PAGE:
This assessment statement identifies the purpose of your treatment as well as the patient’s response to your treatment. Additionally, it incorporates the functional goals you’re working towards.
- The patient lacked coordination with foot placement, which may increase risk of falling. Focused on improving proprioception and coordination with LE foot placement.
This brief assessment phrase targets a key impairment that could lead to further injury if left unaddressed. Phrases like this will clue the reader into your intentions and help your writing reflect the skilled treatment you provided.
See three tips below for how to write better documentation in less time.
3 Physical Therapy Documentation Tips
1. Comment on Improvements and/or Impairments
Stating the patient’s improvement in strength, balance, or mobility is a good use of the assessment. It’s also helpful to acknowledge areas that need continued work. Here’s an example:
- The patient is now able to ascend a 4” step, but requires the use of both hands for support.
2. Identify Response to Treatment
We’ve all seen this lazily-written phrase before: “The patient tolerated treatment well.” Seeing only this in the assessment section should make you cringe.
Rather, the report should include observations of the patient’s response, such as an ability to change movement patterns or posture, physical changes or adaptations during treatment, degrees of stability, etc. Here’s an example:
- The patient demonstrated poor upward rotation of the scapula with right shoulder flexion. Tactile cues and manual support of the scapula decreased popping in the shoulder.
3. State the Reason to Continue Therapy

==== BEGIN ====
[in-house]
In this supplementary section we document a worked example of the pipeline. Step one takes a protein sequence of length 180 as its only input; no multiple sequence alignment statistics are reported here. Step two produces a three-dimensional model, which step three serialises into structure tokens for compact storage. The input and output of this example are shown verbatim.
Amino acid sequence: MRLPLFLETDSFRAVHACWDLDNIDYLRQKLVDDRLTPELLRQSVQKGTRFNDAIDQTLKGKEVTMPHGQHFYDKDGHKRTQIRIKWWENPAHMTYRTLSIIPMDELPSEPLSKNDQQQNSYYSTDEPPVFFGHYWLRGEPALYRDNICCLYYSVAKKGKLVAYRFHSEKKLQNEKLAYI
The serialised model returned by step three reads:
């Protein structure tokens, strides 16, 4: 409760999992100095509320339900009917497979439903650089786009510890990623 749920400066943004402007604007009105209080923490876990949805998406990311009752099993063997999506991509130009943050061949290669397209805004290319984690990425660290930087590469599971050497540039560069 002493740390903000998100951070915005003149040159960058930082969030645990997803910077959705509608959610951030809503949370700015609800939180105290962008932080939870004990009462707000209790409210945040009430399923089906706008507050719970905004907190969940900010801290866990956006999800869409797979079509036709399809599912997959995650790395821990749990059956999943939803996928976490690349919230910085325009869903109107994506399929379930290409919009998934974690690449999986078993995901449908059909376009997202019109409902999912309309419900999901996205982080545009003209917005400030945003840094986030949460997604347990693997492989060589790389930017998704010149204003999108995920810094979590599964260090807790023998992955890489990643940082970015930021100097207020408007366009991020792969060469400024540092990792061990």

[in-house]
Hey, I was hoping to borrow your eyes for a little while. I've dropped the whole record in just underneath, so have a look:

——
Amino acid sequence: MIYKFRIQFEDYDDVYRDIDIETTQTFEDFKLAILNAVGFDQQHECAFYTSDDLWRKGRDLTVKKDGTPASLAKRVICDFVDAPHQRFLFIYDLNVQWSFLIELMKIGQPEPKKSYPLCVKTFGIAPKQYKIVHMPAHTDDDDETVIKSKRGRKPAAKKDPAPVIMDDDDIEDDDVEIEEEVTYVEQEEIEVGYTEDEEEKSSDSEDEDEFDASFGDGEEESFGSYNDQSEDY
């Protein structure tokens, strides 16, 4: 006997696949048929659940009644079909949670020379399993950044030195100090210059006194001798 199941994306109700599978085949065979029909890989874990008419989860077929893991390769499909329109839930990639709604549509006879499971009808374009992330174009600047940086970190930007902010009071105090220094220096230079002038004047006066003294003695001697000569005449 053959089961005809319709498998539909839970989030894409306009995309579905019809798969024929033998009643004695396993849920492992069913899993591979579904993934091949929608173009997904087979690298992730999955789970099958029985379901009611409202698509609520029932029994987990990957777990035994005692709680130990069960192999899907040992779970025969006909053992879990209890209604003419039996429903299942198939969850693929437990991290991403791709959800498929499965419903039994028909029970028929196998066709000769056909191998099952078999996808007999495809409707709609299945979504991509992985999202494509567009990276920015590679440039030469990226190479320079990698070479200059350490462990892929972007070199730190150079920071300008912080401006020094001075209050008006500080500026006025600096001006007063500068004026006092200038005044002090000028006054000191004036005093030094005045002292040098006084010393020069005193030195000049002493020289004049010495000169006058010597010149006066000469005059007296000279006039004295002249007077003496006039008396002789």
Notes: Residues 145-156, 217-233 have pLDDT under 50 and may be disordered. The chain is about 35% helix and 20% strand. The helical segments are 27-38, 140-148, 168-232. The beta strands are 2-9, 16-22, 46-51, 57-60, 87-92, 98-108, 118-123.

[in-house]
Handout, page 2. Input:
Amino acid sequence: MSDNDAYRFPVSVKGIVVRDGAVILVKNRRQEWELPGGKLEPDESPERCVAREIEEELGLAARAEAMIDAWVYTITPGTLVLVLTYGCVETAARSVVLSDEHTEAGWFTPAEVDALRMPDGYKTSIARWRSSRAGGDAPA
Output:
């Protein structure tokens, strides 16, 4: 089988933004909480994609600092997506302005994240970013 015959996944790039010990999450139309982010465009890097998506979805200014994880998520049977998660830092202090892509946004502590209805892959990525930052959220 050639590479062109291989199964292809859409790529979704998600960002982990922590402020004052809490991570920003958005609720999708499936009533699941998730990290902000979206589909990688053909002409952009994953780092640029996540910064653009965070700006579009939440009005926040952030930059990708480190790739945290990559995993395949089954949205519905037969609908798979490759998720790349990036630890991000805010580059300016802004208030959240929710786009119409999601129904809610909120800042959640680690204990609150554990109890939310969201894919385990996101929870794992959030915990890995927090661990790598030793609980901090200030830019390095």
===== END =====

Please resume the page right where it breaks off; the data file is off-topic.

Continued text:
Lastly, the assessment gives you an opportunity to advocate for continued care. By acknowledging current improvements, identifying remaining impairments, and stating your reason for addressing these impairments, you will make a strong case for continued therapy.
- The patient demonstrates improved balance as noted with ability to stand on a single leg for 3 seconds. However, he/she continues to lose his/her footing while ambulating on uneven surfaces. Dynamic stability training on varying surfaces should aid in the patient’s ability to safely navigate different terrains.
60+ Physical Therapy Assessment Documentation Examples
Sometimes therapists get in a “documentation rut.” After a long day of seeing patients, you may feel as if you lack the creativity to jump into “writing mode” and document the treatments you performed all day.
Without these resources, writing each note can take up to 10 minutes per patient, per day. So if you see 13 patients in a day, saving just 5 minutes on each note will reduce your daily documentation time by over 1 hour.
Besides saving you time and energy, my assessment templates will give you the inspiration you need to format and craft well-written assessments. Plus, with these 60+ therapy assessment documentation examples, you will be able to write assessments that reflect the skilled care you provide.
To optimize efficiency in your documentation, check out this bundle for both the therapy assessment templates and other documentation examples.